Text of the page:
Daisy Bateman

Day 6- Kona

One nice thing about going west for a vacation is that the time change actually works in your favor. Hawaii is three hours behind California, and as a result we’ve been getting up by 7:30 or eight every morning, which is nothing short of revolutionary in my case.

It was a particularly good thing that we got going early this morning, because Kona is the only port we have to take tenders into and that can mean major lines of irritable tourists, clutching their beach bags and making the same tired jokes about the Titanic.

After we made it to shore I called the lady at Enterprise who instructed us to go and wait in front of a nearby hotel, possibly because the port charges the rental companies for access. So we went there and eventually an unmarked van pulled up, driven by a guy with an indeterminate Eastern European accent, who drove us to a run-down strip mall. Where, in fact, the rental place was located, but I was worried for a minute there.

They were out of economy cars, so we were “upgraded” to a giant, gas-guzzling SUV. Just the thing for two people with a combined one cubic foot of baggage to drive in a place where gas costs $3.65 a gallon. Sigh.

So anyway, we boarded our tank, figured out our map and headed out of town to the beach we had chosen out of the guidebook. The landscape, at first, was not exactly promising. “Austere” would be the nice way of putting it. The highway cut across a huge lava field, parts of which looked frozen mid-flow but mostly looked like it had been recently bulldozed in preparation for a really enormous construction project. The cool part was the roadside graffiti, names, high school team bragging, and some rough pictures, which were picked out in white rocks and shells on any surface facing the road.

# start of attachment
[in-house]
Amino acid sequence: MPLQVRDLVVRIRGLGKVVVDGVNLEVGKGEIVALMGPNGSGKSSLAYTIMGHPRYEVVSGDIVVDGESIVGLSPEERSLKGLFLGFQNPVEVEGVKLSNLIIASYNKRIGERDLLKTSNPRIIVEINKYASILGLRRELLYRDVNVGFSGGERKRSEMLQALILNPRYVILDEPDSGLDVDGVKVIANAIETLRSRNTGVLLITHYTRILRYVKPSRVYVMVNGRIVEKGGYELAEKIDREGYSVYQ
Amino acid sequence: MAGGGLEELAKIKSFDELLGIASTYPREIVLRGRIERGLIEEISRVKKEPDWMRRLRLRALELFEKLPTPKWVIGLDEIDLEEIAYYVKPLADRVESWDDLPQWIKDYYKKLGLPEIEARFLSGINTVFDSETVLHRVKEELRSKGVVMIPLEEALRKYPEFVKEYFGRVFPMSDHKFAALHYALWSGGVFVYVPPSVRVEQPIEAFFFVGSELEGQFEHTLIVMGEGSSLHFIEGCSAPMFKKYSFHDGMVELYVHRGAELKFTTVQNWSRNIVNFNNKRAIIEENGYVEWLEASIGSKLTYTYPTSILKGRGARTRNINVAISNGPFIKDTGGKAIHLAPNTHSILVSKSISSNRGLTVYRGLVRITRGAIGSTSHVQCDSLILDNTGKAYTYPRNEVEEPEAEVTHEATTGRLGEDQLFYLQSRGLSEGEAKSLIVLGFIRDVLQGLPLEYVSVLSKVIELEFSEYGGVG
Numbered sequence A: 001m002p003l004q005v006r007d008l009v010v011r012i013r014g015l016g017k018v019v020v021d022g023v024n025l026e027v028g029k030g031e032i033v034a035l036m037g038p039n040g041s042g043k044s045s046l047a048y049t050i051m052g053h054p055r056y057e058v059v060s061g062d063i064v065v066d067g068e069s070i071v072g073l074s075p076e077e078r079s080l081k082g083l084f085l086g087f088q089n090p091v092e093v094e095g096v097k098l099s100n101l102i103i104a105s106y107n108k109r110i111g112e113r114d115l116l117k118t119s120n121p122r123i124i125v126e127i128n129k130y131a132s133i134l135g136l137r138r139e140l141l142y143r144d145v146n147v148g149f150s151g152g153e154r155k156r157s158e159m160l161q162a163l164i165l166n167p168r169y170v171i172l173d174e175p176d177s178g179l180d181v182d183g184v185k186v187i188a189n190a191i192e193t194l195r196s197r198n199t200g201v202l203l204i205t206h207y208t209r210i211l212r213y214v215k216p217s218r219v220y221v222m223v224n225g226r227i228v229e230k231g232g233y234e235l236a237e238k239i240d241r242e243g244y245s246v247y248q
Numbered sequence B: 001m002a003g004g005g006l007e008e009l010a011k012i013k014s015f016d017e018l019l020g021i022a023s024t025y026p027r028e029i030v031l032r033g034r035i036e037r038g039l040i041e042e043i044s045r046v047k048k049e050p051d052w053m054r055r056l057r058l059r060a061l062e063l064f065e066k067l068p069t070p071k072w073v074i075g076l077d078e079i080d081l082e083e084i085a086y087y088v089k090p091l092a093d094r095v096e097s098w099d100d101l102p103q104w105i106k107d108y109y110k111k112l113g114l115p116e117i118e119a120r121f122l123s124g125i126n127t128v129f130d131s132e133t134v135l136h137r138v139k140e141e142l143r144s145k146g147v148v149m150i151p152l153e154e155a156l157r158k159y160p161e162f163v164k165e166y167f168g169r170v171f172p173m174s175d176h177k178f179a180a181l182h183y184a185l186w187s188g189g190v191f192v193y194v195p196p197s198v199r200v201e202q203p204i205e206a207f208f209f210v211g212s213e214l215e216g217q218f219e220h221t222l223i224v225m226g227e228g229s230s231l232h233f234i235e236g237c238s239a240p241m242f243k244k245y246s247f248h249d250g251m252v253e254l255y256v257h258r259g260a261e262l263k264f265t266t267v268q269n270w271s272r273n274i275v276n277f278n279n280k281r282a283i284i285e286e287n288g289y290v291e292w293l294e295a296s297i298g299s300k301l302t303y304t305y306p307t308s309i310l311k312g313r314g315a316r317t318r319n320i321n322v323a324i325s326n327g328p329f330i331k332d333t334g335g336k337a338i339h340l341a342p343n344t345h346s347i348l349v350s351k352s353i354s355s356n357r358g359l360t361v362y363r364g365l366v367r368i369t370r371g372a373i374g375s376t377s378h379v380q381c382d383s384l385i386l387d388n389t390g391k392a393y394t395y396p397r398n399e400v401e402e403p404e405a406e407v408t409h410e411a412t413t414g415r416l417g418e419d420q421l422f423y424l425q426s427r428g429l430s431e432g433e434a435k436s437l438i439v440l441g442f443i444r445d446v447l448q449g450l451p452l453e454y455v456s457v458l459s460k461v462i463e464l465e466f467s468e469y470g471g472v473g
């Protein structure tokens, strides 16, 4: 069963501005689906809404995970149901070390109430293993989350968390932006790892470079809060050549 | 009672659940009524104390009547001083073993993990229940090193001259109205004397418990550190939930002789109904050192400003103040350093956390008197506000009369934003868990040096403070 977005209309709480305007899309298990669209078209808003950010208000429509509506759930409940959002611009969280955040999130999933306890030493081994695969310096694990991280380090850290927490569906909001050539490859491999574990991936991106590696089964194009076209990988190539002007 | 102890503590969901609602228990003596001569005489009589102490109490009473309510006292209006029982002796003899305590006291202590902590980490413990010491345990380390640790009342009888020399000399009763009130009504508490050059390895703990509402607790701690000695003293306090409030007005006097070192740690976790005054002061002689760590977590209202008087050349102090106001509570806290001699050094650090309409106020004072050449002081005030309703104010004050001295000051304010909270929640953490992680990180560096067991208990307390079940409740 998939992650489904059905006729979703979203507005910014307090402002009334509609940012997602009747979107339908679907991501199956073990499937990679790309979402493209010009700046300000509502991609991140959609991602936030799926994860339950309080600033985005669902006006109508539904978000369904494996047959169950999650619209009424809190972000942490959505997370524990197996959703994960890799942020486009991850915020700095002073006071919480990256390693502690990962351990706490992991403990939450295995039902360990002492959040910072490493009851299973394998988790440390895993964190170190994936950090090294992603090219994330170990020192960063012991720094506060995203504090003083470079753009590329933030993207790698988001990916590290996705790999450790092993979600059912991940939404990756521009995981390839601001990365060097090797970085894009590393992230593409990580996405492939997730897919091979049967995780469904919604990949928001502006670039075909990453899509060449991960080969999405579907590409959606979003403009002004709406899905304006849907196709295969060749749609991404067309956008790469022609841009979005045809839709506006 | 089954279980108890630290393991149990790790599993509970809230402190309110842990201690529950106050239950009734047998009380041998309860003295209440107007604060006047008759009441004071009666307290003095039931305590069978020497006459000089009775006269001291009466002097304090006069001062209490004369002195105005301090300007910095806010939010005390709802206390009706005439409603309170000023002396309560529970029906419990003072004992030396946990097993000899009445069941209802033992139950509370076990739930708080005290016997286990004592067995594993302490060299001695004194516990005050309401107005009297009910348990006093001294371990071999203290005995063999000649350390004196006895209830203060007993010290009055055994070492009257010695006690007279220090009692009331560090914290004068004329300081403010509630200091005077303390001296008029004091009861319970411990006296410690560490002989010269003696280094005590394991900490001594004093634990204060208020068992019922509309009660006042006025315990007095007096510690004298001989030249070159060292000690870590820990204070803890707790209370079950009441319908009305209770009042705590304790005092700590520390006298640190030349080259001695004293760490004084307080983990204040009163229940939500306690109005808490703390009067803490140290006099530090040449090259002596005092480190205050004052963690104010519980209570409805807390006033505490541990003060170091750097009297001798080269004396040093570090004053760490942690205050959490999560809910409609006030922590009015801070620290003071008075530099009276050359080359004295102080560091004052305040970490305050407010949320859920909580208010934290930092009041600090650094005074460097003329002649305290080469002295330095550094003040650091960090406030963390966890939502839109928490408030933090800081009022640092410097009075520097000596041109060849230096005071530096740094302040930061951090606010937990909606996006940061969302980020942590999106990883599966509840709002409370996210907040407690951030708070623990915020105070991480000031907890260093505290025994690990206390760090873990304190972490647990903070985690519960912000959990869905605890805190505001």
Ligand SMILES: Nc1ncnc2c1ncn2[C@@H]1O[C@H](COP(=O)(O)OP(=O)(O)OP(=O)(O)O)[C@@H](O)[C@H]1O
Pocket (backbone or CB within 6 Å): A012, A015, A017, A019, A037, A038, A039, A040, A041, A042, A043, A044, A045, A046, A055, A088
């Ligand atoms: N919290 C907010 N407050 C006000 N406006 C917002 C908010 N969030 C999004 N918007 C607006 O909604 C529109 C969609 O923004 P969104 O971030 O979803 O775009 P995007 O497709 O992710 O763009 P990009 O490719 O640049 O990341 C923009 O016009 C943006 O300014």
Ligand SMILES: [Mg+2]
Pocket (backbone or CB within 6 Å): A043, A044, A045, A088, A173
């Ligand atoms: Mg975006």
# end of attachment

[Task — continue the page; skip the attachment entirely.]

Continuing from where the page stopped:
Then we got to the beach, and blah blah white sand, blah blah turquoise water, blah blah blah. You get the picture. (For those who don’t, I’ll post photos shortly.) Having learned from out experiences on Maui, which picked a spot in the sand under the shade of an overhanging tree– one that, as I learned later, was in the habit of scattering tiny but very spiky twigs beneath it– to lay out our towels. It was another windy day and the sea was too rough for snorkling, or even swimming really, so the best you could do was go in and let the waves push you around for a while. It was actually a lot like the ocean back home, only instead of being freezing cold it was pleasantly warm. Makes all the difference, really.

Aside from the occasional miscalculation of wave height that left me with an occasional face full of ocean, the only downside was that whenever I went into the water I got the song “Love is a Cannibal” stuck in my head. Which is bizarre; I don’t even like that song. As best as I can figure, my brain really wanted to get stuck on “Love is the Seventh Wave” but, hampered by the fact that I don’t actually know that song, did the best it could with what it had.

Having had our fill of paddling in the ocean and lounging on the beach, Megan and I piled back into the tank and headed back, for our last night on the boat on our way back to Maui.

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